By Lethbridge Herald on October 20, 2023.
The Sexual Violence Action Committee (SVAC) is inviting members of the community to visit their survivor art installation ‘What Were You Wearing’ today until 3 p.m. at the Sandman Hotel.
CEO of Chinook Sexual Assault Centre and Co-chair of SVAC, Kristine Cassie told media Thursday SVAC is a committee in which members of multiple organizations join forces to find ways to better help victims of sexual assault in the community.
“Players from all sorts of agencies including our post-secondary institutions, other helping services like Lethbridge Family Services, the YMCA, YWCA, Chinook Sexual Assault Centre and the school districts. We come together to talk about how our systems can work better together, how we work alongside with police to actually support victims, because we know so few go forward to the police to actually make those reports,” said Cassie.
She said they decided to put this art installation up so it will challenge those in attendance to engage with the universal connection we have with clothing, and reflect on what gives this specific rape culture myth so much power.
What Were You Wearing, is a survivor art installation that asks participants to understand it was never about the clothing that caused the sexual assault. It originated at the University of Arkansas in 2013. Created by Jen Brockman and Mary Wyandt-Hiebert, the project was inspired by Mary Simmerling’s poem, What I Was Wearing.
“This is a time to come and look at the survivor art installation and really take some reflection on what is feeding our beliefs around sexual violence in our communities, and what actions can we take to actually counter that,” said Cassie.
“This is a time to come and look at the survivor art installation and really take some reflection on what is feeding our beliefs around sexual violence in our communities, and what actions can we take to actually counter that,” she added.
Cassie said during the exhibit there are resources available from multiple agencies that are involved with sexual assault victims, to assist anyone interested in learning more on how to support someone who has been a victim of sexual assault, victims themselves, or for anyone who is triggered by the exhibit while visiting.
Cassie said the exhibit also calls out other rape myths like men cannot be raped by women, being alone with someone the victim trusts, and being around people the victim’s parents trusted to be around them, among others.
When it comes to the installation itself, co-chair of SVAC and community domestic violence response lead from Lethbridge Family Services, Tracy Rocca told media Thursday they hope people take the time to read through the survivors’ stories, and take a look at the clothes that represent similar choices worn by the survivors.
“I hope people are moved and they see it in a new perspective. The idea is to dispel rape myths and I encourage everyone to have a look at the poem ‘What I was wearing’ as it’s a powerful poem and I think the point is that if we could only end rape by changing our clothes, if it was only that simple,” said Rocca.
She said the exhibit is based on survivors from Lethbridge and surrounding area, and they try to have a variety of clothing choices, age ranges and both male and female survivor stories.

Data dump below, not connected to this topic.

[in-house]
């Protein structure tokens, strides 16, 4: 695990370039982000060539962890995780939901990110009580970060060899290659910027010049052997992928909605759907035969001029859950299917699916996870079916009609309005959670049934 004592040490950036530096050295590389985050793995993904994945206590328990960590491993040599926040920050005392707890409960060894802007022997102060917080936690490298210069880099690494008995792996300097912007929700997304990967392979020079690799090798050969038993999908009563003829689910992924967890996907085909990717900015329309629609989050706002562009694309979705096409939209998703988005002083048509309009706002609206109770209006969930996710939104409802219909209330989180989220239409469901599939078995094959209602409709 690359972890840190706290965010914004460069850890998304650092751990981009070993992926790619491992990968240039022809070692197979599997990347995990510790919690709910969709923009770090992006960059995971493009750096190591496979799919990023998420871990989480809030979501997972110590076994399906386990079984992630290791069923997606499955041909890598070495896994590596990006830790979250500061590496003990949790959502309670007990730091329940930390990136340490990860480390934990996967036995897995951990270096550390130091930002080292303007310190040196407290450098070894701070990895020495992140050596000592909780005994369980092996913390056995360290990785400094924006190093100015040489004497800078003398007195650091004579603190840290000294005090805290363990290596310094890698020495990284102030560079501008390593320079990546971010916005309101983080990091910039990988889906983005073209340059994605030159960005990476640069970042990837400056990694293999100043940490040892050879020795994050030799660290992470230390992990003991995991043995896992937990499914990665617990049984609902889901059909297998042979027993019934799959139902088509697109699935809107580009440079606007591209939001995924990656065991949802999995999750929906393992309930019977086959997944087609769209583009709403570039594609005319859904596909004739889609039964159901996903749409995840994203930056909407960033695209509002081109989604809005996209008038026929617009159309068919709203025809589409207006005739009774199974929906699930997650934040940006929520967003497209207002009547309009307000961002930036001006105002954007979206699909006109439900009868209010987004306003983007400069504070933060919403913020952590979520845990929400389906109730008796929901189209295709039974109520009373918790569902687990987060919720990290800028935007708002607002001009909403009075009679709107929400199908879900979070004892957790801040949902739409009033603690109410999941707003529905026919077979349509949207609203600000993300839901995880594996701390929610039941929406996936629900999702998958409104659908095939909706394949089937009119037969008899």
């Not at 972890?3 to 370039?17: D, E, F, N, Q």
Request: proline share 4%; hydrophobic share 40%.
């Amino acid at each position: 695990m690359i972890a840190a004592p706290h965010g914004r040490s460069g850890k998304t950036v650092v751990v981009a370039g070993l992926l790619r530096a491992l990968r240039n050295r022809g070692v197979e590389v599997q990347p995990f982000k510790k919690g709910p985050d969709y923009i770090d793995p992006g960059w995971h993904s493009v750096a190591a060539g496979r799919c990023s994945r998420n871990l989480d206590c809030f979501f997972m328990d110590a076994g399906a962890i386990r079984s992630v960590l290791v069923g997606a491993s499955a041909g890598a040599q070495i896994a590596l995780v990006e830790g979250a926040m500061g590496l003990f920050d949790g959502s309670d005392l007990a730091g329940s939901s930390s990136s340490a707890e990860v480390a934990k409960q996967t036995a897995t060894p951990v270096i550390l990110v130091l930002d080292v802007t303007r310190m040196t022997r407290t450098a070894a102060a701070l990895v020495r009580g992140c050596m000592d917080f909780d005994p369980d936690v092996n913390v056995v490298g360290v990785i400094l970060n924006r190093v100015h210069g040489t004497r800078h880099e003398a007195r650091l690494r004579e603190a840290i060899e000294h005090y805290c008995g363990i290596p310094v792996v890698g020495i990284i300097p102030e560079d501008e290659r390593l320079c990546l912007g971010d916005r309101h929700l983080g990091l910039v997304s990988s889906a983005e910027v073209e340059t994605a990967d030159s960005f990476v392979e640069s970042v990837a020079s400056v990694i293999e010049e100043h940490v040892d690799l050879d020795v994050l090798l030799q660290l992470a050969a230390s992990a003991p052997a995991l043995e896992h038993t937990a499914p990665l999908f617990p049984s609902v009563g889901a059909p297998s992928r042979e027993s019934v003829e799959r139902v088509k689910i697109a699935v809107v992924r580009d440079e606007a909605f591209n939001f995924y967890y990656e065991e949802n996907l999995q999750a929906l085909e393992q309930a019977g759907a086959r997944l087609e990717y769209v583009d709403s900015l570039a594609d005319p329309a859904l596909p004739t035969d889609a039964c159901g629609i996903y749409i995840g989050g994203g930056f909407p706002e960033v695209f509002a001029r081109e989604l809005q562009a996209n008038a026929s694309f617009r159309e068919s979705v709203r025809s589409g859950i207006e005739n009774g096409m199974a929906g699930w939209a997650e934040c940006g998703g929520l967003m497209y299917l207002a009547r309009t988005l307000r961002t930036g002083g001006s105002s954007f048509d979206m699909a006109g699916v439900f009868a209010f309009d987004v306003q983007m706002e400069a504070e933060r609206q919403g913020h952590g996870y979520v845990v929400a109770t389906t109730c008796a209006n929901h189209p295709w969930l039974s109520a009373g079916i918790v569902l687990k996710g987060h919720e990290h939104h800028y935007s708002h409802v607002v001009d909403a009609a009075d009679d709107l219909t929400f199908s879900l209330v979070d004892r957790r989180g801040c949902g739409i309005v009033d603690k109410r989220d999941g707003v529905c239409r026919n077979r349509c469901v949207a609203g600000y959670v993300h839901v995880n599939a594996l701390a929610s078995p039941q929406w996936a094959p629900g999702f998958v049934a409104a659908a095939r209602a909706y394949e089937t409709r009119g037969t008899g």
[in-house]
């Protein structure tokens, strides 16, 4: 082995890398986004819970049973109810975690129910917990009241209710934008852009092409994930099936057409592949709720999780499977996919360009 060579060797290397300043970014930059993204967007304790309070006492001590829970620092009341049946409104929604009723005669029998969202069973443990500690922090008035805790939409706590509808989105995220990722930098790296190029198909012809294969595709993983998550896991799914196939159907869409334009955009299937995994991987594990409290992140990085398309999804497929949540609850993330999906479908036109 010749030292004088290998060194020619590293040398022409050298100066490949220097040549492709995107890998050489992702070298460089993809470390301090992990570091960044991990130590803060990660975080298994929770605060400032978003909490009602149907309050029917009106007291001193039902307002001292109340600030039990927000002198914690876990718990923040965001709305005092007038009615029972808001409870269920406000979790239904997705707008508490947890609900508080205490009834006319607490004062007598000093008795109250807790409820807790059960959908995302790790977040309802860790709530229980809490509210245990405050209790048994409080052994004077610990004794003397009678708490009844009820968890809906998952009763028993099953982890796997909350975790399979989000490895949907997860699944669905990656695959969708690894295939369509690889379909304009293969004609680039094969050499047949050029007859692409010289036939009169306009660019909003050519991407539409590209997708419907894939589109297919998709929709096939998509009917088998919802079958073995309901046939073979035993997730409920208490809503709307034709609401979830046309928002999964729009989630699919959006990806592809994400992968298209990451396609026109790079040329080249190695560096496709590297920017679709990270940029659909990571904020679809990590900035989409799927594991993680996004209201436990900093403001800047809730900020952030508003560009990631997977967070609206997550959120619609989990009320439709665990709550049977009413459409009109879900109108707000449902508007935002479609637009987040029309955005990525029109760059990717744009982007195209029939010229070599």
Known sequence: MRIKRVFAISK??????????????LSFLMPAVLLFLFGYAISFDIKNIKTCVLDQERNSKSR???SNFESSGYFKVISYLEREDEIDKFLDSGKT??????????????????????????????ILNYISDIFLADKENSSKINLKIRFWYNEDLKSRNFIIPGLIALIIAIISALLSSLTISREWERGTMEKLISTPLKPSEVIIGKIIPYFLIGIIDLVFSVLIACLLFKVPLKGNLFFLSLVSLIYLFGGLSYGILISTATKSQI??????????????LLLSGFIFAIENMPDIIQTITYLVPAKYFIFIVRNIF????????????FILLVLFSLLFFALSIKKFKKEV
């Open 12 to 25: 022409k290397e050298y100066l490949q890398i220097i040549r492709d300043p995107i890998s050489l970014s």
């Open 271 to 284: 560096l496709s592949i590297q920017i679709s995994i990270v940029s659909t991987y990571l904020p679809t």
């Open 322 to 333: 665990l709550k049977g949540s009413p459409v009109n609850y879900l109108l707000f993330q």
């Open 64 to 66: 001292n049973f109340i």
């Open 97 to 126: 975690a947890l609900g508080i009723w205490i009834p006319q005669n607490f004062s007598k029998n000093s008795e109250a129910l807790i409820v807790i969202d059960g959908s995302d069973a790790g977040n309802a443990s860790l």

“There are some powerful ones. The lifeguard talks about ‘I didn’t think men could be raped’ or ‘I was told men couldn’t be raped.’ We also have some cultural representation, and we have different age range to, we have a young girl’s dress and some university student outfits,” said Rocca.
Next to the little girl dress the description reads, “A sun dress. Months later, my mother would stand in front of my closet and complain about how I never wore any of my dresses anymore. I was six years old. (Outfit inspired by a university student).”
Next to the lifeguard outfit Rocca mentioned, the description reads, “My lifeguard uniform. She said ‘guys can’t be raped.’ She didn’t stop. (Outfit inspired by an university student).”
Next to one of the cultural representation outfit Rocca mentioned, the description reads, “I was wearing a sari, the same thing I wear most days. It was what I was comfortable in. It reminded me of home, of my family, of my identity. Now it reminds me of him. (Outfit inspired by university graduate)”
Other descriptions include survivors of multiple sexual assaults, sexually assaulted by family members, by trusted family friends, and someone wearing a long skirt and thinking she was safe because she did not wear “those type of skirts.”
A description from a survivor who is now a retail manager that is not attached to a represented outfit, but among other descriptions reads, “My favourite yellow shirt, but I don’t remember what pants I was wearing. I remember being so confused and just wanting to leave my brother’s room and go back to watching my cartoons.”
Cassie explained that clothing choices and the idea of getting asked about what they were erasing, not only puts the blame on the victim, but in many cases it stops people from coming forward with information as they worry about being blamed for their clothing choices and not the perpetrator.
“We’ve done a great job over the centuries of putting that blame on the victim rather than flipping it and saying this actually belongs with the perpetrator. That keeps people from coming forward to report violations that have happened to them, so if we can flip that, maybe we can hear more of what’s going on, maybe we can call people out from the shadows that are those perpetrators, call them out and actually hold them accountable,” said Cassie.
The What Were You Wearing art installation will conclude its two-day- exhibit today from 9 a.m. to p.m. at the Sandman Hotel located at 421 Mayor Magrath Drive South.